How I Became a Web Developer
Jan 31 / 2018
I have to admit that if someone told me a few years ago that I would become a programmer, I wouldn’t believe them. My journey to becoming a front-end web developer began with a desire for making a change.
The first job curse
My journey to become a front-end developer began with a desire for making a change. Straight after getting my University degree, I started my career in logistics. By the time I was working in that field for about 3 years, I started to notice that my job is neither interesting, nor challenging, nor enjoyable enough to continue doing it. The problem was that I wanted to find something that would be fun, ambitious and profitable.
Let’s be honest, by that time I’ve had difficulty deciding what I could do. I have decided to meet a job counsellor that suggested that because I am a very creative person, I should look for a job having this in mind.
Web developer’s world surprises
During my research, I stumbled upon an article that stated that programmers are very creative people. This statement surprised me a lot then. I always thought that programming was only for mathematically inclined people that studied Computer Sciences or enthusiasts who were learning programming ever since they were teenagers.
However, upon searching for an answer to my questions I found that most people working as programmers didn’t really have an academic background. And most employers don’t focus on that when looking for potential job candidates. Especially if they have had some programming experience.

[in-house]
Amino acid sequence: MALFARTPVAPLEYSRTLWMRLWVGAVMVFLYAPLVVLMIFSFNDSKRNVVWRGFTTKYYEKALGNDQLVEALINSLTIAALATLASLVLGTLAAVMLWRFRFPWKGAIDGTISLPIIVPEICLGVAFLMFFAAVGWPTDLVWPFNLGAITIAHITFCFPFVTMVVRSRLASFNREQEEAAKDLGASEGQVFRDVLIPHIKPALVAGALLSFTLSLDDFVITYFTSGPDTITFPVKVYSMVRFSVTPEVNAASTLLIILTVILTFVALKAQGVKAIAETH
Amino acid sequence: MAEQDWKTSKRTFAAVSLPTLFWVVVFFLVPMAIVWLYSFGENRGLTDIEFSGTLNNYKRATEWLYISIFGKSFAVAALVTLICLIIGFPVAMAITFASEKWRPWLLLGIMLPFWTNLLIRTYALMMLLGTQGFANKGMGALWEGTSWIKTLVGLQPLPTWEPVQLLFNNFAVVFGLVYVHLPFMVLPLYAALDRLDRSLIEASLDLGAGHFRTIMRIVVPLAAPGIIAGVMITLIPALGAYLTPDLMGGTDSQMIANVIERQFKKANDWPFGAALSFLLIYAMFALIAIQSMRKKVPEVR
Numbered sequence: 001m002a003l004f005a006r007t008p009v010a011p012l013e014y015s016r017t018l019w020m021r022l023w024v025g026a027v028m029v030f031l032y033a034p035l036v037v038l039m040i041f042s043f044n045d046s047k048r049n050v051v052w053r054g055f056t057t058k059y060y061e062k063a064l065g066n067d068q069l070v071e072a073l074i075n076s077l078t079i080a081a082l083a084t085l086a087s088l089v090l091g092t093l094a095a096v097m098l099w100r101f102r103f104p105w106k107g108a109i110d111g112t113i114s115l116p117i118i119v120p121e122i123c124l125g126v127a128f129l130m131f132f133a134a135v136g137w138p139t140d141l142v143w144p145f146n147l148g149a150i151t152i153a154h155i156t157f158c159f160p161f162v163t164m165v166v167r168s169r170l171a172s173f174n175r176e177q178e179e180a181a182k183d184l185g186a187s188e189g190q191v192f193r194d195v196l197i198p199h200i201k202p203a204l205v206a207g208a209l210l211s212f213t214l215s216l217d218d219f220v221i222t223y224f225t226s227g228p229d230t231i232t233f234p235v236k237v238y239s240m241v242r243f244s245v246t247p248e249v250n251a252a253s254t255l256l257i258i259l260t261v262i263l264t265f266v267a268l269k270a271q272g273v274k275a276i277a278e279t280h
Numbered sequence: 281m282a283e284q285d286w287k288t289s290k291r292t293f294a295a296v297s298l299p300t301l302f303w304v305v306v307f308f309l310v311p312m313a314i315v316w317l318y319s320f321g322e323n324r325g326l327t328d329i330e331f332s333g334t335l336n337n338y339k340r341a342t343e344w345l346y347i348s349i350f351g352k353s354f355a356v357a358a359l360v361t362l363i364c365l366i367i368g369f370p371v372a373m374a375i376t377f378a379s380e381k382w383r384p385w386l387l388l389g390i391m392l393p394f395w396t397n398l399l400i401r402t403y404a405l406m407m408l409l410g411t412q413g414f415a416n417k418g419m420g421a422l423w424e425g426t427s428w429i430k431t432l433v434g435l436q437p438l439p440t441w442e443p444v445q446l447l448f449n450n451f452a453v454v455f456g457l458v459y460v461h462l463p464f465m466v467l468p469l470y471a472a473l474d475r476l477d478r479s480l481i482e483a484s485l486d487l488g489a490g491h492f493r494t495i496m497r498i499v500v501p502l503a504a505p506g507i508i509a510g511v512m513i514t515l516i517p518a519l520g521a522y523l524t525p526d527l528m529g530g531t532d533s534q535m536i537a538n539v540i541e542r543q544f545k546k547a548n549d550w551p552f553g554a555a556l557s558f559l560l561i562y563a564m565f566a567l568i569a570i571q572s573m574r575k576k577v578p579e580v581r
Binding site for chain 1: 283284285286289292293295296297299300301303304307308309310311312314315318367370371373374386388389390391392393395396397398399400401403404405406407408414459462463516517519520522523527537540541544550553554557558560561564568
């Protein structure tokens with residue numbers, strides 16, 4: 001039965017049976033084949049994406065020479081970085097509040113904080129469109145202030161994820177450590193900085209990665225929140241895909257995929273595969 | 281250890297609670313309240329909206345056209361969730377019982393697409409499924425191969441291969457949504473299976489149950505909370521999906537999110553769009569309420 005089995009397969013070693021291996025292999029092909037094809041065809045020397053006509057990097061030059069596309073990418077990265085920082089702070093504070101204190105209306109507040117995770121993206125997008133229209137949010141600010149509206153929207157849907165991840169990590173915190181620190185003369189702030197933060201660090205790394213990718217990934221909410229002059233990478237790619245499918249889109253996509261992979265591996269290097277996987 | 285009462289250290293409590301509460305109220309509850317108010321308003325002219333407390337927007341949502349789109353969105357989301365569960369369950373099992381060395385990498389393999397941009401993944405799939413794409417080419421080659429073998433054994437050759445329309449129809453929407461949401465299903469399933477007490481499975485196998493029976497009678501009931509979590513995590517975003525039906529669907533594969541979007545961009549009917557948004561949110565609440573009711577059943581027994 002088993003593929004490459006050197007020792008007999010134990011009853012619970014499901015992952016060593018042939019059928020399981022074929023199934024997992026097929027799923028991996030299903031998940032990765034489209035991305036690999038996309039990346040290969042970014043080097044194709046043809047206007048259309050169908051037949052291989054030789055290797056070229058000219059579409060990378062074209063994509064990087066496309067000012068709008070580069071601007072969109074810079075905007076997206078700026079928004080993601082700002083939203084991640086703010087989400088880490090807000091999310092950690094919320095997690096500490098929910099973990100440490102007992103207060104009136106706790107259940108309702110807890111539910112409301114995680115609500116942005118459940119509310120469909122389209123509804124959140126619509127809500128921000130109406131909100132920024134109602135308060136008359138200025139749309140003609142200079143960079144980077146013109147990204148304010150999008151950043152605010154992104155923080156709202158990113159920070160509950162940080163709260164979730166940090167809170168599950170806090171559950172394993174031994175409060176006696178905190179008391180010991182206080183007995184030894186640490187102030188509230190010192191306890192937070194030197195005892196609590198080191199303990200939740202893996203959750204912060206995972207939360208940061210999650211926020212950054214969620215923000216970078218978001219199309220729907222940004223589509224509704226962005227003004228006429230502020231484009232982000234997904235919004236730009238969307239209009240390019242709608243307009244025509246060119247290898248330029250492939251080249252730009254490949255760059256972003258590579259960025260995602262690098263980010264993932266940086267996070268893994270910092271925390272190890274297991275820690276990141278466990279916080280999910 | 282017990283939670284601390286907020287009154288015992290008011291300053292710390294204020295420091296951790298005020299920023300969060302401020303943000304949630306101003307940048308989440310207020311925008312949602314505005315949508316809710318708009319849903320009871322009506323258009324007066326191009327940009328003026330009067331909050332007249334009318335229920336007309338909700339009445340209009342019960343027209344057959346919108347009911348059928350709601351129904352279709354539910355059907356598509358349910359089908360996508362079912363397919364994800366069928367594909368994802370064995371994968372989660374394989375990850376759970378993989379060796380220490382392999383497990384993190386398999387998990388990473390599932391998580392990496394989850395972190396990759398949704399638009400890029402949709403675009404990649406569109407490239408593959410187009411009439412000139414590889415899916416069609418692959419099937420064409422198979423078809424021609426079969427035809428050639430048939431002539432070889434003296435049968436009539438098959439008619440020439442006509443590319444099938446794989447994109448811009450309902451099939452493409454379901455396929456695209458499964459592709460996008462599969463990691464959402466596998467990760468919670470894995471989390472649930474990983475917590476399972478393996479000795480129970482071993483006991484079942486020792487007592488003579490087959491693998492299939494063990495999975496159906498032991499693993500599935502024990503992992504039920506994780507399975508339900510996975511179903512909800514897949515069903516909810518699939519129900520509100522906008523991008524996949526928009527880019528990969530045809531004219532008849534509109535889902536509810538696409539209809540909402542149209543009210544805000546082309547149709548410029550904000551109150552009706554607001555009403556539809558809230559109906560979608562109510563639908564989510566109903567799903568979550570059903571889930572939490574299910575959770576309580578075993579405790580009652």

I started looking for tutorials and courses that would help me learn some programming language. Quite by accident, I stumbled upon an interesting HTML5 tutorial on YouTube, which was actually quite fun to watch. It was an amazing feeling to be able to easily recreate some page elements that I have seen on typical web pages. Finally, I found something that was interesting, quite a bit creative and brought me a lot of satisfaction.
Next stop: web development
Front-end developer usually works by receiving a graphical design and creating a webpage that works in a fluid way on many different devices and browsers. As I’ve learned on the web, not only was it a high-in-demand and lucrative career choice. People working in this field could be very flexible in their choices. They can work for corporations, start-ups, small businesses, non-profits or as freelancers as well. Also, it’s an exciting career, because the field is constantly evolving and can keep you engaged for years to come. And so my decision was made and my roadtrip to become a front-end developer began.
The power of determination
By studying job advertisements I learned what kind of knowledge is required for most of the junior level job positions:
- HTML, CSS
- CSS preprocessors
- Responsive Web Design (RWD)
- Adobe Photoshop
- Communicative knowledge of English
It looked quite daunting to be able to master so many technologies on a level that would allow me to start looking for a job as a front-end developer. But I decided not to be discouraged and to focus on how much fun I was having while solving logical problems and facing new challenges by creating more and more complicated interfaces.
What made my task more complicated, was that I’ve had a full-time job when I was mastering this new skill set. My time was very limited. I was studying whenever I could – at home, on a bus or a train… At first, I decided to use some of the free resources the web had to offer. Especially because I didn’t know if I would succeed in my journey.
Using the right resources
Unfortunately, when searching for good learning resources I also stumbled upon some really bad courses. Looking back at my learning path, I wish I hadn’t taken them. They were either out of date or run in such an uninspiring way, that I’ve had a feeling that the author was bored during their own monologue sometimes. So I highly recommend you to make a good research on the forums for what highest quality learning resources.